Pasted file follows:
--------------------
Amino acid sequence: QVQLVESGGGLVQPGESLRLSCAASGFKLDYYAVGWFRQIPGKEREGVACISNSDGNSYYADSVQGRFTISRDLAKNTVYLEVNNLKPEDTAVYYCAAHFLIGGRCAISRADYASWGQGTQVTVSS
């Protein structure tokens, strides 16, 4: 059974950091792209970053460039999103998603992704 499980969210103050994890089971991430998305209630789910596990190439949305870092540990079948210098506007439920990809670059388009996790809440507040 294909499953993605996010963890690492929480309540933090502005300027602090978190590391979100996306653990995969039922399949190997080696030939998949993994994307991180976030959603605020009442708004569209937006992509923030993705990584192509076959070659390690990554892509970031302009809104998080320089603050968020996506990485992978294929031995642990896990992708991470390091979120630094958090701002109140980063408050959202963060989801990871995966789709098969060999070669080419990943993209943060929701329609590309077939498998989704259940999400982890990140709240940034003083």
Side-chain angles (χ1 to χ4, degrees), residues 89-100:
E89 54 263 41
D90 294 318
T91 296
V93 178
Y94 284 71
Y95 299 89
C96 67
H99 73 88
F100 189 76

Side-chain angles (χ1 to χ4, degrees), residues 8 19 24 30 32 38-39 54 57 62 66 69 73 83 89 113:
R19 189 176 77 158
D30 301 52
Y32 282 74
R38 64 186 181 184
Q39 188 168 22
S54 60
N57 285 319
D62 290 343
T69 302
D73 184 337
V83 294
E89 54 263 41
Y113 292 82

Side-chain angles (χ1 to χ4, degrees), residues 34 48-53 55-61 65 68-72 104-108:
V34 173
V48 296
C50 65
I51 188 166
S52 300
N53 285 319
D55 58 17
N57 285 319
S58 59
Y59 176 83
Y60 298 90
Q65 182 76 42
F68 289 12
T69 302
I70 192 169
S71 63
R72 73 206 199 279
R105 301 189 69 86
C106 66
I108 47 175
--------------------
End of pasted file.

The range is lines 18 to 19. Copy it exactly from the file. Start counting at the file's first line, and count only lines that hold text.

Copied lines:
Q39 188 168 22
S54 60